An MP has questioned why churches will be forced to keep their doors closed on Easter Sunday while off-licences will be allowed to open.
Jack Lopresti, the Conservative representative for Filton and Bradley Stoke, wrote to the Government to ask them to reconsider allowing to open "for private prayer".
However, his open letter to the Ministry of Housing, Communities and Local Government has led to criticism, and one bishop said "God always does a door-to-door service".
Mr Lopresti, first elected in 2010, wrote to Communities Secretary Robert Jenrick calling for a temporary relaxing of restrictions "allowing for people to attend church to engage in private prayer while observing social distancing".
Today I wrote to The Secretary of State @mhclg and also sent a copy of this letter to Secretary of State @DCMS to ask the Government to consider opening church doors on Easter Sunday for private prayer. pic.twitter.com/pLnxdNRsEN
— Jack Lopresti MP #StayHomeSaveLives (@JackLopresti) April 8, 2020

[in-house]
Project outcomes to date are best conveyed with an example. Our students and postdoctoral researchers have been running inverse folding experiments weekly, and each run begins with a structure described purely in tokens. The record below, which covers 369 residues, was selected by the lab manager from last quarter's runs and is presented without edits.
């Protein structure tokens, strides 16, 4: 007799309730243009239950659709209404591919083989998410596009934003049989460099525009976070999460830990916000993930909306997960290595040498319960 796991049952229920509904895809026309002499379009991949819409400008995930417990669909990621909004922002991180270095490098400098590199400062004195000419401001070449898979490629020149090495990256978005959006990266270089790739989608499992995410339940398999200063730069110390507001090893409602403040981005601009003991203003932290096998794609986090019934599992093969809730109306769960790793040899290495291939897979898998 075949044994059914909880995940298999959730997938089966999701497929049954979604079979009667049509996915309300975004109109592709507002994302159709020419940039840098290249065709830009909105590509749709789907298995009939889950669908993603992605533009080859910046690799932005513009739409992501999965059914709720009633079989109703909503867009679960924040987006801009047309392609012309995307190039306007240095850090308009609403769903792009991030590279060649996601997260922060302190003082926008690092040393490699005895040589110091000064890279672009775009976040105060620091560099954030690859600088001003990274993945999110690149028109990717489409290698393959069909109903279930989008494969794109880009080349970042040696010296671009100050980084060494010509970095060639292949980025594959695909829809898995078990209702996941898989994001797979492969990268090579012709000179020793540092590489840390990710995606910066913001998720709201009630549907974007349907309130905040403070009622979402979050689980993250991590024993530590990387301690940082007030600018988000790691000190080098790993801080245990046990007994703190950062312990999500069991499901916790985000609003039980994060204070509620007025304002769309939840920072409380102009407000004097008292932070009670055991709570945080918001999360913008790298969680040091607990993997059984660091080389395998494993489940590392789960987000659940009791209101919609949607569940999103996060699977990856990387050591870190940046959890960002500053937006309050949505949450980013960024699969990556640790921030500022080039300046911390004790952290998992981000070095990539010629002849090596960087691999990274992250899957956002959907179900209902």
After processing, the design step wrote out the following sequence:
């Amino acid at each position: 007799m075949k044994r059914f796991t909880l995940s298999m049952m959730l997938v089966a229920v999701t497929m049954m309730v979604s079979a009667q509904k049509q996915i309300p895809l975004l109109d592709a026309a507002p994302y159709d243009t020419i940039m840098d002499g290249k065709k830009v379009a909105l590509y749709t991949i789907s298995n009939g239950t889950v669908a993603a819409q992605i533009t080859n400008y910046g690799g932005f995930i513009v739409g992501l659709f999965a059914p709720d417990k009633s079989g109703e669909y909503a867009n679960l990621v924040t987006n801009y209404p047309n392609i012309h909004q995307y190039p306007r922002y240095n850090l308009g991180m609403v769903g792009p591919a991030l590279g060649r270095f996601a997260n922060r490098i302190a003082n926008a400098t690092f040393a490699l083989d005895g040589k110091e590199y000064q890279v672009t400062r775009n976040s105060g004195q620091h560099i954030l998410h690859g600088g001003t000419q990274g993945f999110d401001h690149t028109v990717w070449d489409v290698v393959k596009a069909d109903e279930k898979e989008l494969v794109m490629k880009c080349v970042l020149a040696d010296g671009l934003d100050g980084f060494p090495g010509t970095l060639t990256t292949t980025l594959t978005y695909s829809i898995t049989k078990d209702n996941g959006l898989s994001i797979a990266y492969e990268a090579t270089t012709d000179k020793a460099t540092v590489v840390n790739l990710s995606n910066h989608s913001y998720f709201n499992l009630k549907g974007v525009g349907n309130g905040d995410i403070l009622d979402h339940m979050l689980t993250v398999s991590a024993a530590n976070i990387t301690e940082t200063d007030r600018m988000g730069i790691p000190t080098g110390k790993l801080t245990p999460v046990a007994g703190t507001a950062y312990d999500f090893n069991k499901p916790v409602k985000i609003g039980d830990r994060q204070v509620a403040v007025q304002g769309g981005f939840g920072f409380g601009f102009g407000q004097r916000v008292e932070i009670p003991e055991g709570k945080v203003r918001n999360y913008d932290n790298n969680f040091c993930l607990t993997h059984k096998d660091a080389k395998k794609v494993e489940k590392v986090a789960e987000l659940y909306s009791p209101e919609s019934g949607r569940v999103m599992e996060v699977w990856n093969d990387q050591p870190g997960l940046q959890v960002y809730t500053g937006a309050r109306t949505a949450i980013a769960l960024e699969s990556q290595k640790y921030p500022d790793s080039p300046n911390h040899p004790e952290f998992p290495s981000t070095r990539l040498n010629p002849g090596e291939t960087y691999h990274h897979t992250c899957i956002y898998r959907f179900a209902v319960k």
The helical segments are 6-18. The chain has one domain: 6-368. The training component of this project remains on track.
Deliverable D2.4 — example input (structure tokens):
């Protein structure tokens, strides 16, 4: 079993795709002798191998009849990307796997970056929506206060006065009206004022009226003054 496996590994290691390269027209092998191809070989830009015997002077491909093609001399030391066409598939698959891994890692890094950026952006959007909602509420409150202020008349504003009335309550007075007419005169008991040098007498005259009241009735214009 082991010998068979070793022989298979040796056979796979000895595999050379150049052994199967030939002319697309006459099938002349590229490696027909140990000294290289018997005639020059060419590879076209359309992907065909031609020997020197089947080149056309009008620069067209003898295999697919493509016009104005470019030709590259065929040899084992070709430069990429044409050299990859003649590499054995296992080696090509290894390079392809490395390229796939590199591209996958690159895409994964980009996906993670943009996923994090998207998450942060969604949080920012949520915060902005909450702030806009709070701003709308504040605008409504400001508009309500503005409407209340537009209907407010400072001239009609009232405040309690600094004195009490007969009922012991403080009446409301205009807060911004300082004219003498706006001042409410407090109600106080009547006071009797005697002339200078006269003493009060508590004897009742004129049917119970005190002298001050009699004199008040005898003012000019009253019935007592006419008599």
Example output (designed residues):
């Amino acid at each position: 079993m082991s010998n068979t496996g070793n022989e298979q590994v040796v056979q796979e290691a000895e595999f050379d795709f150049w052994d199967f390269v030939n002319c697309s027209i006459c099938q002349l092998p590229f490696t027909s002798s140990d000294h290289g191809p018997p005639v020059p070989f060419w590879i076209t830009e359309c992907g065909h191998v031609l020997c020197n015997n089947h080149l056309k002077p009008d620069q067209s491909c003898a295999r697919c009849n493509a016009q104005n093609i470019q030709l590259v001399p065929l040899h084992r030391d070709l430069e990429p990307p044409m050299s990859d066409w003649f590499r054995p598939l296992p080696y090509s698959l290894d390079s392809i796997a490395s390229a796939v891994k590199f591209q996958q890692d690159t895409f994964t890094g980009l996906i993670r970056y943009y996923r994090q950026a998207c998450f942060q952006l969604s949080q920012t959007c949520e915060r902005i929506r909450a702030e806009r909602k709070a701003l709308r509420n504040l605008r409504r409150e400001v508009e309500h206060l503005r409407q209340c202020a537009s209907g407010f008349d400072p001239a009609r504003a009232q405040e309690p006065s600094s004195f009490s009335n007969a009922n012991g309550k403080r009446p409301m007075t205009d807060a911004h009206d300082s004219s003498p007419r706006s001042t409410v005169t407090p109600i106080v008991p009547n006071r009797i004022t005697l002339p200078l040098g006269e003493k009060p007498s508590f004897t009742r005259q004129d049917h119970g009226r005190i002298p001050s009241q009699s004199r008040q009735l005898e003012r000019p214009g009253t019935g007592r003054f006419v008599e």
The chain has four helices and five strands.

He wrote: "If the Government allows for me to go to an off-licence, a takeaway, or a local shop on Easter Sunday, providing I observe social distancing or take other necessary precautions, why can I not go to Church and say a prayer, providing I do the same?"
Many churches have adapted to the restrictions placed upon them by coronavirus by opting to go online, with the Archbishop of Canterbury Justin Welby set to deliver his usual Easter sermon by video.
Replying to Mr Lopresti's tweet, the Bishop of Chelmsford Stephen Cottrell said: "The thing is this: in order to buy food I have to go to the supermarket (unless I am fortunate enough to be able to get it delivered) but God always does a door-to-door service – from God's heart straight to my heart, wherever I am."